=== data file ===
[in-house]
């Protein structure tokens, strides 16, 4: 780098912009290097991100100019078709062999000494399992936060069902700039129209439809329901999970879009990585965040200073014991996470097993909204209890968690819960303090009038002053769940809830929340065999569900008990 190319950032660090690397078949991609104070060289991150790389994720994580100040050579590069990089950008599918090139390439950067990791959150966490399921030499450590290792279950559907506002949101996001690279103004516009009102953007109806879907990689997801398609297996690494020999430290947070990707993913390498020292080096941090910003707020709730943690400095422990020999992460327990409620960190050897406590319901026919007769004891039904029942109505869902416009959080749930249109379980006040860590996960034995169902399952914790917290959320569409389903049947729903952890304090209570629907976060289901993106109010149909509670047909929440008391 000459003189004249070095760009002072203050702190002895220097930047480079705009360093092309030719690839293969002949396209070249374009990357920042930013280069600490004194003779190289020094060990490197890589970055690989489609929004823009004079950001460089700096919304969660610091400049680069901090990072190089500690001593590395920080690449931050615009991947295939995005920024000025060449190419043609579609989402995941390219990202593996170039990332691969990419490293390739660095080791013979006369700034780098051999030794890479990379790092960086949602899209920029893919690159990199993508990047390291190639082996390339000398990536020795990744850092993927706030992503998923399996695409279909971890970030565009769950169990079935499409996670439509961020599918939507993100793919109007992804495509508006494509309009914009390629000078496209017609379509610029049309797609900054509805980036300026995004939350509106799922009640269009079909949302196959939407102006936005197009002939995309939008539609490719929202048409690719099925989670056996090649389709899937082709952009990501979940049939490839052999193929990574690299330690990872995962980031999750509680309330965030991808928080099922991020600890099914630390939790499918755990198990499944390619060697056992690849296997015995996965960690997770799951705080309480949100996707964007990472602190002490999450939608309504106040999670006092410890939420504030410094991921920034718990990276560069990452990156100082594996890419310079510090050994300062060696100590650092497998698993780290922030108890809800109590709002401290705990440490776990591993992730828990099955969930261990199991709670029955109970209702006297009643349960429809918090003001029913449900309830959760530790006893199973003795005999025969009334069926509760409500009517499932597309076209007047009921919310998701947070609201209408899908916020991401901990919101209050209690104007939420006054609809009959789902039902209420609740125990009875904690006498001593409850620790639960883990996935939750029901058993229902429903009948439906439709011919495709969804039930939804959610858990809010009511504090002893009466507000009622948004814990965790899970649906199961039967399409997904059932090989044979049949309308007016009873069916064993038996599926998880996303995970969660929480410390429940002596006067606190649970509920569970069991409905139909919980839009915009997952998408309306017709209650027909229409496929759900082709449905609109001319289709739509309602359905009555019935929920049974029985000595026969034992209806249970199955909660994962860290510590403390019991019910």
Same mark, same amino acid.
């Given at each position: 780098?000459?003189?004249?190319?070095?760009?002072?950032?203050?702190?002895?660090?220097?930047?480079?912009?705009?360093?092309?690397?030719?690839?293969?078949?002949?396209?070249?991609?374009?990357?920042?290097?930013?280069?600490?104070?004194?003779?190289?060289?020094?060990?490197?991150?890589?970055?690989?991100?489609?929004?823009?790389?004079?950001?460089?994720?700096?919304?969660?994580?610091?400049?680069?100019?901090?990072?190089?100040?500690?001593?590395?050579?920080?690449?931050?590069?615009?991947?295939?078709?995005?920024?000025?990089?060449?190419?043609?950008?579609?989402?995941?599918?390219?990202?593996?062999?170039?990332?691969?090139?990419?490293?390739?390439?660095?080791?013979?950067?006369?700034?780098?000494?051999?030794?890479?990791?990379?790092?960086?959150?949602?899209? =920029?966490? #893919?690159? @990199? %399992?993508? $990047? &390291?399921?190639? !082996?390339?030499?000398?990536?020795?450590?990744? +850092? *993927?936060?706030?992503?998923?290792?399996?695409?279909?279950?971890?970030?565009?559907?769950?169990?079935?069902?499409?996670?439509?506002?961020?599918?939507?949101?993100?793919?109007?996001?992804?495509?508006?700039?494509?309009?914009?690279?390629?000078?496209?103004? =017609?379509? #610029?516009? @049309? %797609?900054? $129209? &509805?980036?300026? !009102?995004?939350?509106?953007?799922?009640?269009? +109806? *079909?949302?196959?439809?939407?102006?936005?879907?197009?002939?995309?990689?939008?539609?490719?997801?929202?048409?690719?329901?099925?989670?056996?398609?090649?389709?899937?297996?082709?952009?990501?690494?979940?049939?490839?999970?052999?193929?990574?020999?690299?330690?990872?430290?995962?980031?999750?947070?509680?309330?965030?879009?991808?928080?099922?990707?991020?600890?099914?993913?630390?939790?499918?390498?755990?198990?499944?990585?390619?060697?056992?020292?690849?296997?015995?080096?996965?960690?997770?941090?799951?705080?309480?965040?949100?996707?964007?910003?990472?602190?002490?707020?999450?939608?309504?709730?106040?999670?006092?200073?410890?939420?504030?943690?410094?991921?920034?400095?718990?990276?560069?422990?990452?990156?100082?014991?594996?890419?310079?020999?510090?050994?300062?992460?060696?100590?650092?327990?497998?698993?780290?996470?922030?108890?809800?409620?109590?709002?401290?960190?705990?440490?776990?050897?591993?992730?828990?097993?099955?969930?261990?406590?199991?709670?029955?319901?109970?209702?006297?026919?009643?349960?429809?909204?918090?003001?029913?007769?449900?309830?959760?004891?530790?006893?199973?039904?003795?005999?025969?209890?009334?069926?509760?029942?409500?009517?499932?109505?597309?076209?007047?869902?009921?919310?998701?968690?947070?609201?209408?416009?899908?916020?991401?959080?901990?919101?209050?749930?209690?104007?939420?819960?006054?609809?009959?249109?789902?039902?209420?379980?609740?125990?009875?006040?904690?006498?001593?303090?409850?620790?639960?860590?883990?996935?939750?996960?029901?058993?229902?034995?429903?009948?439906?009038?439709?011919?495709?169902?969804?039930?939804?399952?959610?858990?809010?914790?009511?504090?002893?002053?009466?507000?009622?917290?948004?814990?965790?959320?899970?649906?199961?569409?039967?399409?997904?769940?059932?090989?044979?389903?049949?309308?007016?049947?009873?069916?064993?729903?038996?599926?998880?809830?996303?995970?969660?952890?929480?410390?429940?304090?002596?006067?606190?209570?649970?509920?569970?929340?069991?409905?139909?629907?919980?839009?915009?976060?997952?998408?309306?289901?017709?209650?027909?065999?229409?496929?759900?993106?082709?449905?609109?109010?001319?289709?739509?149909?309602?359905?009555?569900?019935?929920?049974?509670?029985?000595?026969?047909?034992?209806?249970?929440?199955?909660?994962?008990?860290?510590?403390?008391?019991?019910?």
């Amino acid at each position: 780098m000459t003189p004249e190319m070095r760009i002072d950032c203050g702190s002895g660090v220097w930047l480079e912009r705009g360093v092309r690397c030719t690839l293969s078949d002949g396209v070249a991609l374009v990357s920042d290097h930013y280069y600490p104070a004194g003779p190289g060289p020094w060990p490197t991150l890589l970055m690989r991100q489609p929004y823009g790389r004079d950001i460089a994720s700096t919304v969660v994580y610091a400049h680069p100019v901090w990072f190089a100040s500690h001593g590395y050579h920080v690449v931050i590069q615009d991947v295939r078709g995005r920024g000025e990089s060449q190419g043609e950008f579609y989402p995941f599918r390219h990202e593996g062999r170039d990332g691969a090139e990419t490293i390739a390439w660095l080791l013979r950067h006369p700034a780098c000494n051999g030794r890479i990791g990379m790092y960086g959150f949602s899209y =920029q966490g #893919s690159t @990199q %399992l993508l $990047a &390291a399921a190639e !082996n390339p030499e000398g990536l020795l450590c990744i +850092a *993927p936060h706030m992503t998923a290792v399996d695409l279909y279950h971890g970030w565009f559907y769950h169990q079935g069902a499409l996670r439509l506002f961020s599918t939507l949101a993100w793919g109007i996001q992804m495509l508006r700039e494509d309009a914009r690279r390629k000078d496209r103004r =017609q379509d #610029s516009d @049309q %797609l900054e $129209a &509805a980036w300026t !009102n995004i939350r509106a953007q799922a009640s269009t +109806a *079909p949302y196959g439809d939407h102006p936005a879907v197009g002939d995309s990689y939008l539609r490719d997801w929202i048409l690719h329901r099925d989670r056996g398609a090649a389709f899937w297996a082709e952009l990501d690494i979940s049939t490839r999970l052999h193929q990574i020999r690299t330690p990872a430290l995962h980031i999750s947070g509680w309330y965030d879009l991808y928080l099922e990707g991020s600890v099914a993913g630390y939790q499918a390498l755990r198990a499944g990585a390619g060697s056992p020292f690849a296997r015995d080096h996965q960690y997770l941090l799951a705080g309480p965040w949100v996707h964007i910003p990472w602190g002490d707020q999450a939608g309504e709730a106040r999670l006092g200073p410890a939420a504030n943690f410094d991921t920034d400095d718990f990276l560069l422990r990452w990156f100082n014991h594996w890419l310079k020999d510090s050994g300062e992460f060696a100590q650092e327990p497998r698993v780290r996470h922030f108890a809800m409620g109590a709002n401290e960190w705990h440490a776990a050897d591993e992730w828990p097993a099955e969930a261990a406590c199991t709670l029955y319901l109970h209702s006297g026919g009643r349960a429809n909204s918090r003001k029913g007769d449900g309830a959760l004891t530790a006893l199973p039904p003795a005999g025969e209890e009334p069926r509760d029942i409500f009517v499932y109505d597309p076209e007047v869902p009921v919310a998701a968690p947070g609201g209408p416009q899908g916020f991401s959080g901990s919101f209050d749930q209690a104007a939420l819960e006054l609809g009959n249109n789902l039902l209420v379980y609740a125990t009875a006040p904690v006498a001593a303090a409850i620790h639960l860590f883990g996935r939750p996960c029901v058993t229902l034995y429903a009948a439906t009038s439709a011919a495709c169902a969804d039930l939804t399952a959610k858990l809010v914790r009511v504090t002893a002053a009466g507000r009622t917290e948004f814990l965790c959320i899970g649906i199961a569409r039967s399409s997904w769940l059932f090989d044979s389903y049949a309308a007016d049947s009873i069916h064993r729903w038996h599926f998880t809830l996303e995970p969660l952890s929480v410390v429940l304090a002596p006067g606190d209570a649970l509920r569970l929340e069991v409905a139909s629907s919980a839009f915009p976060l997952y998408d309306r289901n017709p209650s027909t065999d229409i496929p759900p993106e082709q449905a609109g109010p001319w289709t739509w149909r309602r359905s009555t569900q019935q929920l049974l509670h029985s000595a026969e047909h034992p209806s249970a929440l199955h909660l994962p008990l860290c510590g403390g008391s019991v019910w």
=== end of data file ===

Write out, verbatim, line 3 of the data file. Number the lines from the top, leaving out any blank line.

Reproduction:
Same mark, same amino acid.